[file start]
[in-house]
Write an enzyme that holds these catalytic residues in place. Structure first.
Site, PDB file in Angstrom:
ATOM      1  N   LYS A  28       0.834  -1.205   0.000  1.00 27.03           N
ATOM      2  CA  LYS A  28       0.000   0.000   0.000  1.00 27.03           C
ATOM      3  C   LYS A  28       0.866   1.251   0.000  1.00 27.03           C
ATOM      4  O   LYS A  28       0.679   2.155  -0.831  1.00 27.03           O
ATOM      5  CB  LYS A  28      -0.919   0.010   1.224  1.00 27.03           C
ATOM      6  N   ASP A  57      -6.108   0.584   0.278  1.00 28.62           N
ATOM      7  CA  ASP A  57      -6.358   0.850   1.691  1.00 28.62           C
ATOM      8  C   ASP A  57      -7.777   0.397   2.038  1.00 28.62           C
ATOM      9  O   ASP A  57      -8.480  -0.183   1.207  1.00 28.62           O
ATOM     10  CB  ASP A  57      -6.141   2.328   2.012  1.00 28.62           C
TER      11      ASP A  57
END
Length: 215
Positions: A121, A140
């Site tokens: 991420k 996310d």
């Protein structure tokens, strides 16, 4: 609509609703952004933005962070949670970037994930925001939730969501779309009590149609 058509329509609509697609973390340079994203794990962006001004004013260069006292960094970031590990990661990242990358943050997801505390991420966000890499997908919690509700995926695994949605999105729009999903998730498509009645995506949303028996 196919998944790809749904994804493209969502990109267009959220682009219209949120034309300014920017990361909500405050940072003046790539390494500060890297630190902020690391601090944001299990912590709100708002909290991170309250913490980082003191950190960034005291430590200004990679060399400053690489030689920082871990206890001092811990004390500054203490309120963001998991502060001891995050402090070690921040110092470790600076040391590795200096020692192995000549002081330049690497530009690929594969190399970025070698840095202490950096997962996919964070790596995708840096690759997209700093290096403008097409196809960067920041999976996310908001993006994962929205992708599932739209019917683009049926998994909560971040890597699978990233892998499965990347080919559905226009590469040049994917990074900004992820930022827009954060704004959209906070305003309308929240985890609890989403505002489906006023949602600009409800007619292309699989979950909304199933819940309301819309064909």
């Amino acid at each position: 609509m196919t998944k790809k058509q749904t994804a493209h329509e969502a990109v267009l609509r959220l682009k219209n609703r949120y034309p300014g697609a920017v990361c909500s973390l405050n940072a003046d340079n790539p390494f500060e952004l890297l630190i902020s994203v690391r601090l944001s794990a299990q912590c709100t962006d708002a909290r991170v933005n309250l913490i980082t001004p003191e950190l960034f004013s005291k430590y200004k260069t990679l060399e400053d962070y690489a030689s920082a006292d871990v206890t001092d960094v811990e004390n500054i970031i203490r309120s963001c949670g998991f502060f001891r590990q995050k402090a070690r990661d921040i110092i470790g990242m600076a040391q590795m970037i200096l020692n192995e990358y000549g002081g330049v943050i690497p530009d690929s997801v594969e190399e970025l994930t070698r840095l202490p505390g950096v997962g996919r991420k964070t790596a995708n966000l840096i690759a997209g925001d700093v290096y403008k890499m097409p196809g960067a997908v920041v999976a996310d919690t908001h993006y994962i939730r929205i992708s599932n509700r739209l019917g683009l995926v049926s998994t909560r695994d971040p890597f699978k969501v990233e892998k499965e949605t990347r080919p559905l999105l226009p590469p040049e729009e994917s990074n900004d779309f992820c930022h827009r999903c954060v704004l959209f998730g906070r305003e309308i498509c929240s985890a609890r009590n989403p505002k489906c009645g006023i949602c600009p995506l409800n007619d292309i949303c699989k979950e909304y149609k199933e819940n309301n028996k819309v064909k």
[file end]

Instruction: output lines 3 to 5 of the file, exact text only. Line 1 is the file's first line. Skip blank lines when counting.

Site, PDB file in Angstrom:
ATOM      1  N   LYS A  28       0.834  -1.205   0.000  1.00 27.03           N
ATOM      2  CA  LYS A  28       0.000   0.000   0.000  1.00 27.03           C